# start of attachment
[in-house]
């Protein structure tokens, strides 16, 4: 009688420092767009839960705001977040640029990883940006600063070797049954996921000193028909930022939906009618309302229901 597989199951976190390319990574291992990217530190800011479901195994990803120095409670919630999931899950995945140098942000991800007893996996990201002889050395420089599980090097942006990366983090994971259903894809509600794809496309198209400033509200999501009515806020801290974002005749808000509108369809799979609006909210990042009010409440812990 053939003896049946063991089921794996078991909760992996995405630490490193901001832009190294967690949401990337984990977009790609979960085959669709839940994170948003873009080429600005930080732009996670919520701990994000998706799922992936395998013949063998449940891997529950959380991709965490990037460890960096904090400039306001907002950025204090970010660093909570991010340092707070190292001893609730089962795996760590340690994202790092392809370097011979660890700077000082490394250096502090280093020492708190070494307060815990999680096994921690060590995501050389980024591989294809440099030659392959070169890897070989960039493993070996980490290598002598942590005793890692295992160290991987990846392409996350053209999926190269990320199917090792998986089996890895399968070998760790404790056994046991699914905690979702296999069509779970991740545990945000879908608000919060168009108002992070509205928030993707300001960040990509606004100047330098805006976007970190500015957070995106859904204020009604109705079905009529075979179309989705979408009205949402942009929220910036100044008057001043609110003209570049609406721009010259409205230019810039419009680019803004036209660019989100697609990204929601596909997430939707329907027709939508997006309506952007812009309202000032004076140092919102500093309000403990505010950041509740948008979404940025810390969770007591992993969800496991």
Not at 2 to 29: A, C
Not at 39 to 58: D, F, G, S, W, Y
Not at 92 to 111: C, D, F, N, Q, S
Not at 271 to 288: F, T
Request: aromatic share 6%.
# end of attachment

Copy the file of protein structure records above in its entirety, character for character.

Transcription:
[in-house]
């Protein structure tokens, strides 16, 4: 009688420092767009839960705001977040640029990883940006600063070797049954996921000193028909930022939906009618309302229901 597989199951976190390319990574291992990217530190800011479901195994990803120095409670919630999931899950995945140098942000991800007893996996990201002889050395420089599980090097942006990366983090994971259903894809509600794809496309198209400033509200999501009515806020801290974002005749808000509108369809799979609006909210990042009010409440812990 053939003896049946063991089921794996078991909760992996995405630490490193901001832009190294967690949401990337984990977009790609979960085959669709839940994170948003873009080429600005930080732009996670919520701990994000998706799922992936395998013949063998449940891997529950959380991709965490990037460890960096904090400039306001907002950025204090970010660093909570991010340092707070190292001893609730089962795996760590340690994202790092392809370097011979660890700077000082490394250096502090280093020492708190070494307060815990999680096994921690060590995501050389980024591989294809440099030659392959070169890897070989960039493993070996980490290598002598942590005793890692295992160290991987990846392409996350053209999926190269990320199917090792998986089996890895399968070998760790404790056994046991699914905690979702296999069509779970991740545990945000879908608000919060168009108002992070509205928030993707300001960040990509606004100047330098805006976007970190500015957070995106859904204020009604109705079905009529075979179309989705979408009205949402942009929220910036100044008057001043609110003209570049609406721009010259409205230019810039419009680019803004036209660019989100697609990204929601596909997430939707329907027709939508997006309506952007812009309202000032004076140092919102500093309000403990505010950041509740948008979404940025810390969770007591992993969800496991």
Not at 2 to 29: A, C
Not at 39 to 58: D, F, G, S, W, Y
Not at 92 to 111: C, D, F, N, Q, S
Not at 271 to 288: F, T
Request: aromatic share 6%.